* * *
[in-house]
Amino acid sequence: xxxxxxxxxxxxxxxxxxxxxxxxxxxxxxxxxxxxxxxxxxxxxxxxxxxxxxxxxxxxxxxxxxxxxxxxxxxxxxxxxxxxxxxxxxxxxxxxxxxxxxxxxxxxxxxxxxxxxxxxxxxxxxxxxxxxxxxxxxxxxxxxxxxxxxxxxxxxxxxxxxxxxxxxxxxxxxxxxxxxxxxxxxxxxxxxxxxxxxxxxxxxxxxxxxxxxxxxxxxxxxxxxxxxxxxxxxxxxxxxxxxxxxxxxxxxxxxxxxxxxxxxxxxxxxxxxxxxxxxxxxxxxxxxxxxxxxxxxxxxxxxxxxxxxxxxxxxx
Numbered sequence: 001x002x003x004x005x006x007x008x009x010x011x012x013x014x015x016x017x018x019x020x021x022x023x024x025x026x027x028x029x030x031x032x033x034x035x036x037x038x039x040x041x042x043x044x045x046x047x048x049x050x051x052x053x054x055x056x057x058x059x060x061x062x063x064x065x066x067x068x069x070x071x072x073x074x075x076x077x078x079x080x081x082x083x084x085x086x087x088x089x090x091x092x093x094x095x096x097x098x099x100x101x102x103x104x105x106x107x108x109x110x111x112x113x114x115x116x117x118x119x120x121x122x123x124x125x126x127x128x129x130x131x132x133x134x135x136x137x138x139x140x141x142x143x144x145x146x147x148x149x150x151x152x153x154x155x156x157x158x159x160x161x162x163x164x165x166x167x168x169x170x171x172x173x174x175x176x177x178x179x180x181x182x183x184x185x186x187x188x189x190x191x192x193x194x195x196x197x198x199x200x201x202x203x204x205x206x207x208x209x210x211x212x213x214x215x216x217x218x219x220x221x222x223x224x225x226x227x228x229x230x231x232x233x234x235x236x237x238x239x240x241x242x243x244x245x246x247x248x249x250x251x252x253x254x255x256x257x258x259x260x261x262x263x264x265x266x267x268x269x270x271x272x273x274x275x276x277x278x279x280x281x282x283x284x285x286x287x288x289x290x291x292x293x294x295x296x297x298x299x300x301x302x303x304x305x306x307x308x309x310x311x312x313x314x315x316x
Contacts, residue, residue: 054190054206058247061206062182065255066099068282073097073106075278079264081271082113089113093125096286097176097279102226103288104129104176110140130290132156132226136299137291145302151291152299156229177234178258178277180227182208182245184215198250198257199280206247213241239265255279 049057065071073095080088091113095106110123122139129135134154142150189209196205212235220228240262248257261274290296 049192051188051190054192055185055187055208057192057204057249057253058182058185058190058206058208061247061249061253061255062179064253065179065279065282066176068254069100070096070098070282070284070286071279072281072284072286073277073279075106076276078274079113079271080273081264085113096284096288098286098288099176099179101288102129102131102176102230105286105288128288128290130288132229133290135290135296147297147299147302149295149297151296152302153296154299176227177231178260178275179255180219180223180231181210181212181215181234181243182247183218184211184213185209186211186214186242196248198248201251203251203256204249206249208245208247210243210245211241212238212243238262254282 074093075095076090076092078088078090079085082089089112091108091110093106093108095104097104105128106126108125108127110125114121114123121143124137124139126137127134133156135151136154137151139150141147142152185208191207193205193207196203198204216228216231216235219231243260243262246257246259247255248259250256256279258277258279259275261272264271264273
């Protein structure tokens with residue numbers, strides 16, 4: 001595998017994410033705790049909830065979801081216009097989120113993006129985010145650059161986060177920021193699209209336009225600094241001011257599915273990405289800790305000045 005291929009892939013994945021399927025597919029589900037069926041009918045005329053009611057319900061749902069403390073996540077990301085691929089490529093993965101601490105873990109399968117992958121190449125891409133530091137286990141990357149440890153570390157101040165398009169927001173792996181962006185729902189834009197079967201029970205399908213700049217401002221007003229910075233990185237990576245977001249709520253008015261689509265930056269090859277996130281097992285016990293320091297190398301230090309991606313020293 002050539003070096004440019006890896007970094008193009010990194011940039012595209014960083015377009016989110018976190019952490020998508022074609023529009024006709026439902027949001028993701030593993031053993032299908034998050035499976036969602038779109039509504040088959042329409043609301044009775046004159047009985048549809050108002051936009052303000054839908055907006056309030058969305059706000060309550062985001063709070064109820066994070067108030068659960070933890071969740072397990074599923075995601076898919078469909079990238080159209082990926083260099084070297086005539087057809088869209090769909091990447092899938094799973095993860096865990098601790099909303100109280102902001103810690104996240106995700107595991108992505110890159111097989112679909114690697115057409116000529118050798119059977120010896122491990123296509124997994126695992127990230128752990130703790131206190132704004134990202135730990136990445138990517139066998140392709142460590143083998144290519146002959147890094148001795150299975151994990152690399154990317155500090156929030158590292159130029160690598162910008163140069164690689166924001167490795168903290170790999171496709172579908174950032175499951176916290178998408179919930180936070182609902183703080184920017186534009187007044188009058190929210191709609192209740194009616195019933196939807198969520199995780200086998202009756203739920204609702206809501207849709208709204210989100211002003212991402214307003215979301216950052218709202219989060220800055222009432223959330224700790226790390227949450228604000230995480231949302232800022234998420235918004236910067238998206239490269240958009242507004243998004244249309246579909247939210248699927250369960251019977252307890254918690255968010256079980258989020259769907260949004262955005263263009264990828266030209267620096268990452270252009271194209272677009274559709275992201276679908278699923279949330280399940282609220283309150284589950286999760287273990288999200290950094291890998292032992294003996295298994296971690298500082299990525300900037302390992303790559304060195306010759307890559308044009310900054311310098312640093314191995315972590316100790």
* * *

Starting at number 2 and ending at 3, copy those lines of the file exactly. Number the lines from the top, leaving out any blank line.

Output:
Amino acid sequence: xxxxxxxxxxxxxxxxxxxxxxxxxxxxxxxxxxxxxxxxxxxxxxxxxxxxxxxxxxxxxxxxxxxxxxxxxxxxxxxxxxxxxxxxxxxxxxxxxxxxxxxxxxxxxxxxxxxxxxxxxxxxxxxxxxxxxxxxxxxxxxxxxxxxxxxxxxxxxxxxxxxxxxxxxxxxxxxxxxxxxxxxxxxxxxxxxxxxxxxxxxxxxxxxxxxxxxxxxxxxxxxxxxxxxxxxxxxxxxxxxxxxxxxxxxxxxxxxxxxxxxxxxxxxxxxxxxxxxxxxxxxxxxxxxxxxxxxxxxxxxxxxxxxxxxxxxxxx
Numbered sequence: 001x002x003x004x005x006x007x008x009x010x011x012x013x014x015x016x017x018x019x020x021x022x023x024x025x026x027x028x029x030x031x032x033x034x035x036x037x038x039x040x041x042x043x044x045x046x047x048x049x050x051x052x053x054x055x056x057x058x059x060x061x062x063x064x065x066x067x068x069x070x071x072x073x074x075x076x077x078x079x080x081x082x083x084x085x086x087x088x089x090x091x092x093x094x095x096x097x098x099x100x101x102x103x104x105x106x107x108x109x110x111x112x113x114x115x116x117x118x119x120x121x122x123x124x125x126x127x128x129x130x131x132x133x134x135x136x137x138x139x140x141x142x143x144x145x146x147x148x149x150x151x152x153x154x155x156x157x158x159x160x161x162x163x164x165x166x167x168x169x170x171x172x173x174x175x176x177x178x179x180x181x182x183x184x185x186x187x188x189x190x191x192x193x194x195x196x197x198x199x200x201x202x203x204x205x206x207x208x209x210x211x212x213x214x215x216x217x218x219x220x221x222x223x224x225x226x227x228x229x230x231x232x233x234x235x236x237x238x239x240x241x242x243x244x245x246x247x248x249x250x251x252x253x254x255x256x257x258x259x260x261x262x263x264x265x266x267x268x269x270x271x272x273x274x275x276x277x278x279x280x281x282x283x284x285x286x287x288x289x290x291x292x293x294x295x296x297x298x299x300x301x302x303x304x305x306x307x308x309x310x311x312x313x314x315x316x